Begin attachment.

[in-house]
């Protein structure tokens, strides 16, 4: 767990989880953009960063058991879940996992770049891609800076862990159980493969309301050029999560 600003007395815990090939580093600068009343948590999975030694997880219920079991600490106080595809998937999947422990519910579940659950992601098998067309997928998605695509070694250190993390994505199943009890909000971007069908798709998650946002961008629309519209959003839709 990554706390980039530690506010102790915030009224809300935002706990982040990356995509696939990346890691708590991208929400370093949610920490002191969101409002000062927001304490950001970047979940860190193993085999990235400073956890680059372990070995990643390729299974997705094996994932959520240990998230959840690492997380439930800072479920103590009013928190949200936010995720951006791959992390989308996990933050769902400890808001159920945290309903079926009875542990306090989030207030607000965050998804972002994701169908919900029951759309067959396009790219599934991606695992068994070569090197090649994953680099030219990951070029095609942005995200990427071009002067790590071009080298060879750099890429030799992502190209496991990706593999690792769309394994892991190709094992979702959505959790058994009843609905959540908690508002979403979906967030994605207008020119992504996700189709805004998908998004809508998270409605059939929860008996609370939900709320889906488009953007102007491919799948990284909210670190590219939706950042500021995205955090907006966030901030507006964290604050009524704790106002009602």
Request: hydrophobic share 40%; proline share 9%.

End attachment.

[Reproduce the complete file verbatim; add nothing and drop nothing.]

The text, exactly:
[in-house]
């Protein structure tokens, strides 16, 4: 767990989880953009960063058991879940996992770049891609800076862990159980493969309301050029999560 600003007395815990090939580093600068009343948590999975030694997880219920079991600490106080595809998937999947422990519910579940659950992601098998067309997928998605695509070694250190993390994505199943009890909000971007069908798709998650946002961008629309519209959003839709 990554706390980039530690506010102790915030009224809300935002706990982040990356995509696939990346890691708590991208929400370093949610920490002191969101409002000062927001304490950001970047979940860190193993085999990235400073956890680059372990070995990643390729299974997705094996994932959520240990998230959840690492997380439930800072479920103590009013928190949200936010995720951006791959992390989308996990933050769902400890808001159920945290309903079926009875542990306090989030207030607000965050998804972002994701169908919900029951759309067959396009790219599934991606695992068994070569090197090649994953680099030219990951070029095609942005995200990427071009002067790590071009080298060879750099890429030799992502190209496991990706593999690792769309394994892991190709094992979702959505959790058994009843609905959540908690508002979403979906967030994605207008020119992504996700189709805004998908998004809508998270409605059939929860008996609370939900709320889906488009953007102007491919799948990284909210670190590219939706950042500021995205955090907006966030901030507006964290604050009524704790106002009602």
Request: hydrophobic share 40%; proline share 9%.